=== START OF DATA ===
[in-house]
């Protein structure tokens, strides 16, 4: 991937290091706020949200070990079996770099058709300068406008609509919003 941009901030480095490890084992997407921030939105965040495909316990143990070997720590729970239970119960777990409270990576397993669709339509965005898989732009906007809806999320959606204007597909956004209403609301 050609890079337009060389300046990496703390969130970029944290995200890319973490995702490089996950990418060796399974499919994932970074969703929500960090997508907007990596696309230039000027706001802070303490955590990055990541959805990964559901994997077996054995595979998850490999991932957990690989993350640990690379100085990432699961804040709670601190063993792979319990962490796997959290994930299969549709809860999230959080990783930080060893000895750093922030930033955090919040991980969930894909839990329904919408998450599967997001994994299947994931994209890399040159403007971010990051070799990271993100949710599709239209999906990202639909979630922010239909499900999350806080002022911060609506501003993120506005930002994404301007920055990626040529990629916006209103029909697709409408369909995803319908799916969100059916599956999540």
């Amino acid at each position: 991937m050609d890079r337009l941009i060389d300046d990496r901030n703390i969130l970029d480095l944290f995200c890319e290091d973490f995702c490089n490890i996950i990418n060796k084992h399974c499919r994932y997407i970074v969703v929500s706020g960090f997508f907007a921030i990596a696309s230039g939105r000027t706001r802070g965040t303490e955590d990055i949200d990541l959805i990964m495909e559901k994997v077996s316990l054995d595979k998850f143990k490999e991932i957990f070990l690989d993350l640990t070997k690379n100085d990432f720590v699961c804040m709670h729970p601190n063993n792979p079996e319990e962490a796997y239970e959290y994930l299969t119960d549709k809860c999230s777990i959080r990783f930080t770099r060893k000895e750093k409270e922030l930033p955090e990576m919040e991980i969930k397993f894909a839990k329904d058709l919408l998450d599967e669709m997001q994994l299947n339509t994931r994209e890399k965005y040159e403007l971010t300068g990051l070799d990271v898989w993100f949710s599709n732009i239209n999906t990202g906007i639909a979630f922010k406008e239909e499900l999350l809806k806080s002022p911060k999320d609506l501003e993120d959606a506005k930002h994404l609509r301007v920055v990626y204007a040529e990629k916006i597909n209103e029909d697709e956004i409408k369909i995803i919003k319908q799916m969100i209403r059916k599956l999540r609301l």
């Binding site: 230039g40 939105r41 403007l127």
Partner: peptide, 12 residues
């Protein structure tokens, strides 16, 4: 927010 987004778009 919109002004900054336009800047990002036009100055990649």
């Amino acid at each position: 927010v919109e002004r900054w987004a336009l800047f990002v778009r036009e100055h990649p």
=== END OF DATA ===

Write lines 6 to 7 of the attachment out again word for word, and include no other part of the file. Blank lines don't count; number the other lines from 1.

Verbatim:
């Protein structure tokens, strides 16, 4: 927010 987004778009 919109002004900054336009800047990002036009100055990649």
């Amino acid at each position: 927010v919109e002004r900054w987004a336009l800047f990002v778009r036009e100055h990649p």